2/12/2016

Menko and Tato - folded origami letters

Okay, so we all agree that Valentines Day is a nasty old capitalist conspiracy. Now that we've gotten that out of our systems, I was thinking, maybe you have someone to give a small gift to on Sunday, or perhaps a flower? Or just a few words, or something?

So, after blogging under this name (look up at title header) for years, it's a bit odd that I've never done a Valentines post before, I guess. And since I started liking to fold small, practical origami bags, boxes, envelopes, etc., one thing lead to another.

Go make someone smile on Valentines Day - or is it Galentines? Or Palentines? Either way, these are fun to make, and very, very easy. They are big enough for a letter, saying you promise to empty the dishwasher more often - or a photo, a movie ticket, a diamond ring. 

Under each photo, links and explanations - and at the end of the post, links to the special, pretty red/pink large origami papers I have made especially for these. All of them are two sided, because these designs look so much better with color and pattern on both sides of the paper. 

I have saved you a lot of time and found the videos on YouTube (there are thousands of origami videos, and I promise you I have found a couple that are tested by me and easy to follow!) Happy folding!

Now, these - I call them Pinwheel Cards - are not even real origami. They are the most basic way to fold an envelope, but added a little twist. Make them from my template, that is by far the easiest way, and the template (print one on card stock and cut it out, and use it again and again) also explains the eight easy folds you have to make.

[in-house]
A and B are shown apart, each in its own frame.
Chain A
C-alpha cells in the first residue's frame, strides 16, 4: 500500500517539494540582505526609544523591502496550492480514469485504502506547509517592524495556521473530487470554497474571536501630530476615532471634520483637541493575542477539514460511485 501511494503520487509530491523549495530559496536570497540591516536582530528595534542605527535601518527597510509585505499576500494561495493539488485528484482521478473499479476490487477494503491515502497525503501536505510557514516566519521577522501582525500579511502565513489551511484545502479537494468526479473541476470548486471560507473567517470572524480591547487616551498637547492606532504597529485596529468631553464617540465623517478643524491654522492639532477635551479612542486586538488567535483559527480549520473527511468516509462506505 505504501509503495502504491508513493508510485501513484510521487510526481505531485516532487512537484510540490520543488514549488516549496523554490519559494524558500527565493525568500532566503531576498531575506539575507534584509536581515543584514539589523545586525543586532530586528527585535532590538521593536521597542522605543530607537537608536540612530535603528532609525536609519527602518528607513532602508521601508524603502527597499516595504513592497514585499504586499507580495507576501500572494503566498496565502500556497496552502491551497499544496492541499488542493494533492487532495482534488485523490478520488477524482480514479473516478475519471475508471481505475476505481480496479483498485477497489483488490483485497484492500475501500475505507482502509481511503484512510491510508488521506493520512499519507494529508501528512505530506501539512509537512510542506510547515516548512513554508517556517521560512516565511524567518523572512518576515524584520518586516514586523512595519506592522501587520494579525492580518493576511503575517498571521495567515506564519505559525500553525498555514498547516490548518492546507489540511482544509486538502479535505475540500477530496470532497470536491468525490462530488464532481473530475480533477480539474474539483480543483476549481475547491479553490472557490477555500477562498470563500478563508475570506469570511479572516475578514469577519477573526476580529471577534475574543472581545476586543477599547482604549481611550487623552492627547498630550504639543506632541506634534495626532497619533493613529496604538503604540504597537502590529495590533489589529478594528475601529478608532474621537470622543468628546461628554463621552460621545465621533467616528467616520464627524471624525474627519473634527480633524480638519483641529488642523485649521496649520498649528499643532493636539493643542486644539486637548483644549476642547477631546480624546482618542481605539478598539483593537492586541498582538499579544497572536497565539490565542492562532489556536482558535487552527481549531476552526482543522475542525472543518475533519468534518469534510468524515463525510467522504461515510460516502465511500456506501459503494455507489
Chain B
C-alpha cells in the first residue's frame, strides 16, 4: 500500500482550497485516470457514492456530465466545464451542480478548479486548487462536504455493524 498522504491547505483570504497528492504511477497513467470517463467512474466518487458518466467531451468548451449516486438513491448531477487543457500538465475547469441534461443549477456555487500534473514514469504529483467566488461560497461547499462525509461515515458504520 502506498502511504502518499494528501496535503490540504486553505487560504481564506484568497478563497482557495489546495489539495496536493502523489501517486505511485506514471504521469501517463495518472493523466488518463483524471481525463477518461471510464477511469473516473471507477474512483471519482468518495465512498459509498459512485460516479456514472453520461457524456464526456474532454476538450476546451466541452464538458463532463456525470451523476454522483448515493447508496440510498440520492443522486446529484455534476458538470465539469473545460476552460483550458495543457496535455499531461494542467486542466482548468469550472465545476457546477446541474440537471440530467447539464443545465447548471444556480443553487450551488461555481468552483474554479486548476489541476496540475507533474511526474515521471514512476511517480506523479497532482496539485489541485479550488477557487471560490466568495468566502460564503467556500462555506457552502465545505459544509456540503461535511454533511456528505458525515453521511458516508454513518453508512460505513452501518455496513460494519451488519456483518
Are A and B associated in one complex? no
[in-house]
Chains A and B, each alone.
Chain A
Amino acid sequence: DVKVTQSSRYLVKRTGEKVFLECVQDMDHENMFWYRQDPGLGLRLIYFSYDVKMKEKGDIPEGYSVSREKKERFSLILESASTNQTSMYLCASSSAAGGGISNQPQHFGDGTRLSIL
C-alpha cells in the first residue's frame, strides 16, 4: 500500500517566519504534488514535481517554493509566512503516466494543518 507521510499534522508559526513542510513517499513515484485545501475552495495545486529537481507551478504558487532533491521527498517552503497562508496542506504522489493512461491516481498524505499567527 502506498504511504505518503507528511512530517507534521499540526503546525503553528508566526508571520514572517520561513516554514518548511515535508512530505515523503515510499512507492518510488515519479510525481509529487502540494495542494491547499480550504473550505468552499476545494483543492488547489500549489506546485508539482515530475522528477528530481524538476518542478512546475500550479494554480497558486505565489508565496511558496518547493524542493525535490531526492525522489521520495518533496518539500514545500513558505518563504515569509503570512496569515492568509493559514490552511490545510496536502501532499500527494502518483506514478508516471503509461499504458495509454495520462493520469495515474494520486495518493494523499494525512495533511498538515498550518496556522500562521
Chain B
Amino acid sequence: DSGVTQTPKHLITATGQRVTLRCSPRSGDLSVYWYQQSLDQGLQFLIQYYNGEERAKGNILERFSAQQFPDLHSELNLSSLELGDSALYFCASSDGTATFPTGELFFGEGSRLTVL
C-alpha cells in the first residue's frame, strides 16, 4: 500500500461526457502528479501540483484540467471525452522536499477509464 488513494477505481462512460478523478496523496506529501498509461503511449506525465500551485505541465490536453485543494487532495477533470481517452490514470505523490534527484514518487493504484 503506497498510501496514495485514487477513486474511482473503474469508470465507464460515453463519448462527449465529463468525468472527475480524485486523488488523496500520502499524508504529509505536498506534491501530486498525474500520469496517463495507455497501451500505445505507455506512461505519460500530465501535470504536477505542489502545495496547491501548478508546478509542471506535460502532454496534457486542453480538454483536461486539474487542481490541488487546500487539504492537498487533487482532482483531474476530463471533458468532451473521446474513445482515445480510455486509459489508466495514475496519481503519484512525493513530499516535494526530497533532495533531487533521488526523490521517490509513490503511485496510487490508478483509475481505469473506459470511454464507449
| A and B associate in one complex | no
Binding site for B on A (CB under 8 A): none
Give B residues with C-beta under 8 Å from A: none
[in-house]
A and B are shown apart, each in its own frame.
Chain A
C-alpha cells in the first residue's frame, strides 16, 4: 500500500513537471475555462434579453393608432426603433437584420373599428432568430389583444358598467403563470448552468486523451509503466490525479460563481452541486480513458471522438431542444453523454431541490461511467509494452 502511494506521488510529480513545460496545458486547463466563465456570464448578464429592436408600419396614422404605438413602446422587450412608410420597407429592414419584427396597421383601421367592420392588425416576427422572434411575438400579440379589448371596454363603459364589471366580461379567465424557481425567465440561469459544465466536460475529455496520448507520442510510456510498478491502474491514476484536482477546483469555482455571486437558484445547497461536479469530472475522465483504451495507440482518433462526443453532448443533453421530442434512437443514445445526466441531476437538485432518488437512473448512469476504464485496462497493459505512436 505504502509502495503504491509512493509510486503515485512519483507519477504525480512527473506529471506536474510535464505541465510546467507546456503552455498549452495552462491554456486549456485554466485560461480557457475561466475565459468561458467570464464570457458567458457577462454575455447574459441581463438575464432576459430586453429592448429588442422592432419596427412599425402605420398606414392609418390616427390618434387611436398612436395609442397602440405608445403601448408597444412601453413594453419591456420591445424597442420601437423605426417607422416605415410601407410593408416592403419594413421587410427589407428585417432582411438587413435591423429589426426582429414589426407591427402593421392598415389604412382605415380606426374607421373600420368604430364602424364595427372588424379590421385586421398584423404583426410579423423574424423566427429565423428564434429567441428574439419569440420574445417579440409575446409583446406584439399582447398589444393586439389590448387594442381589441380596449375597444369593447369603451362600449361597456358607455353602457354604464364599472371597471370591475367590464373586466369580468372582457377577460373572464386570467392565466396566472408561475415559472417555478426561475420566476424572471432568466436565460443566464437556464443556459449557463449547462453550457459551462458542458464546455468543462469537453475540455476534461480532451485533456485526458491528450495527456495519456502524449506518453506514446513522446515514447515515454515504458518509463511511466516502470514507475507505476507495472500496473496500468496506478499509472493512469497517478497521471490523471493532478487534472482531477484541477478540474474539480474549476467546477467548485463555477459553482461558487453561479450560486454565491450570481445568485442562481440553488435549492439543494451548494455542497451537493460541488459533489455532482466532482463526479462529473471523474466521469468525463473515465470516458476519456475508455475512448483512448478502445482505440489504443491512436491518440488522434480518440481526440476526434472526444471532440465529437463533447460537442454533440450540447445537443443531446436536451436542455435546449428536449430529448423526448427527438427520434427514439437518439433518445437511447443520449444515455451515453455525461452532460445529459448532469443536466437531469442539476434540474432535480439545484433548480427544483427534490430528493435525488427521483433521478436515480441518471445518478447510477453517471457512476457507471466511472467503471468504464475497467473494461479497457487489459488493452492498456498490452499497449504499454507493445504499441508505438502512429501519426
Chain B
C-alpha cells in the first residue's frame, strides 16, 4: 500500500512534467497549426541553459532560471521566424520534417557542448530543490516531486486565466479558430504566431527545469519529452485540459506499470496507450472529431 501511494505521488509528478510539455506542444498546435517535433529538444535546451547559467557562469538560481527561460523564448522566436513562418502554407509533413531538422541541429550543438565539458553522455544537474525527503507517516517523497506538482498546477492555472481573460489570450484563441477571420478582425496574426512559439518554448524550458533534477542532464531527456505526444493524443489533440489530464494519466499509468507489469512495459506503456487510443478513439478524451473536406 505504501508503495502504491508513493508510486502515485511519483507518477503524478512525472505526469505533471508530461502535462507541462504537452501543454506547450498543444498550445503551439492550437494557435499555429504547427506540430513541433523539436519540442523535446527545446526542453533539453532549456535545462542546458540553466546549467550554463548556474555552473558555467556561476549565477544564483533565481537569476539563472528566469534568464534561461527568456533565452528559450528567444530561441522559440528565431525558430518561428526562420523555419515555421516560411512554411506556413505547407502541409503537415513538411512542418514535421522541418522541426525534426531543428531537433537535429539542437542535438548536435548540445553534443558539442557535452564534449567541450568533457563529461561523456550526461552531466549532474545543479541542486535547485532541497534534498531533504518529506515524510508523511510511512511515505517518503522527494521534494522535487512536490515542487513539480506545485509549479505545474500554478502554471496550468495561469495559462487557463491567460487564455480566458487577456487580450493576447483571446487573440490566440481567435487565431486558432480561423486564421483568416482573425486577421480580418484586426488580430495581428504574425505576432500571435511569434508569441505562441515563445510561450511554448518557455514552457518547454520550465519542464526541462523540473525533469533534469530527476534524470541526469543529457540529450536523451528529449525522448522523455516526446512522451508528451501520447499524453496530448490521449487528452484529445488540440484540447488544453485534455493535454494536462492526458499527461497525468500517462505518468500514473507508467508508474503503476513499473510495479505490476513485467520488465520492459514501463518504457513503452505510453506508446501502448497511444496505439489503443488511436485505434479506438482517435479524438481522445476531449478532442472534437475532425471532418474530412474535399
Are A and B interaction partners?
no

This is a basic One Sheet Menko, the simplest kind of origami envelope. It is a nifty little container, and of the four variations shown in this blog post, this the strongest, and one that actually closes tightly. It divides the paper into nine squares, which means it will be quite small. 


This I will call a Pinwheel Tato - 'tato' being another kind of origami envelope - and it is also very simple, and only requires a bit of skill when the last fold is to be tucked under the first, for closing. You will make a couple of very messy looking ones first, and then you will get it. 


And now the last design: let's call it a Diagonal Pinwheel Tato. It is the trickiest, but actually I think it's a bit easier than the one above, it locks or closes more snugly. 

Follow the advice in the video and use a thin knitting pin or something like that, plus a ruler, to score the diagonal lines before folding them. It really works! And about half way in the video you will go: 'Whaaat??' - but watch it again, try, and soon you will see. And these odd looking folds will magically twist into this beautiful little flexible thing. I love that kind of origami!


And now; the origami papers. All the ones shown in the photos above, for free download! Have fun.

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